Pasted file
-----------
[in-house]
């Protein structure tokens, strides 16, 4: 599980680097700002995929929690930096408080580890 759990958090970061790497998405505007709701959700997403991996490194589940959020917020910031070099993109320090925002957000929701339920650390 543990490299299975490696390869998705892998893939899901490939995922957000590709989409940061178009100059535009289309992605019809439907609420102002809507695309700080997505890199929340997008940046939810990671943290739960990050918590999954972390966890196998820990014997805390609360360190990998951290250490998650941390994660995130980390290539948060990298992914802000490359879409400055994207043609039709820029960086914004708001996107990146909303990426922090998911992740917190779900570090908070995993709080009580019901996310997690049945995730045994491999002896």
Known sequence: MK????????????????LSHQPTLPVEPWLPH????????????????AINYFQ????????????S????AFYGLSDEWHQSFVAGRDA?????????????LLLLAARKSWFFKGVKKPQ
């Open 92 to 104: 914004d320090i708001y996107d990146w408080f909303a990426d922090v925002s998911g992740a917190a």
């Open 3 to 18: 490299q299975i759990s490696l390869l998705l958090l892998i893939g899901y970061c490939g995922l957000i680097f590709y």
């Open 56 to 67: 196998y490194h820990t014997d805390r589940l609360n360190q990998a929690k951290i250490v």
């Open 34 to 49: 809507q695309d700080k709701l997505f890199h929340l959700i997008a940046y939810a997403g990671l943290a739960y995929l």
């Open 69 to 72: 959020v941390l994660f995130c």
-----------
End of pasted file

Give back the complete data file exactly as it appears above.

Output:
[in-house]
């Protein structure tokens, strides 16, 4: 599980680097700002995929929690930096408080580890 759990958090970061790497998405505007709701959700997403991996490194589940959020917020910031070099993109320090925002957000929701339920650390 543990490299299975490696390869998705892998893939899901490939995922957000590709989409940061178009100059535009289309992605019809439907609420102002809507695309700080997505890199929340997008940046939810990671943290739960990050918590999954972390966890196998820990014997805390609360360190990998951290250490998650941390994660995130980390290539948060990298992914802000490359879409400055994207043609039709820029960086914004708001996107990146909303990426922090998911992740917190779900570090908070995993709080009580019901996310997690049945995730045994491999002896």
Known sequence: MK????????????????LSHQPTLPVEPWLPH????????????????AINYFQ????????????S????AFYGLSDEWHQSFVAGRDA?????????????LLLLAARKSWFFKGVKKPQ
């Open 92 to 104: 914004d320090i708001y996107d990146w408080f909303a990426d922090v925002s998911g992740a917190a």
């Open 3 to 18: 490299q299975i759990s490696l390869l998705l958090l892998i893939g899901y970061c490939g995922l957000i680097f590709y």
């Open 56 to 67: 196998y490194h820990t014997d805390r589940l609360n360190q990998a929690k951290i250490v």
């Open 34 to 49: 809507q695309d700080k709701l997505f890199h929340l959700i997008a940046y939810a997403g990671l943290a739960y995929l």
């Open 69 to 72: 959020v941390l994660f995130c």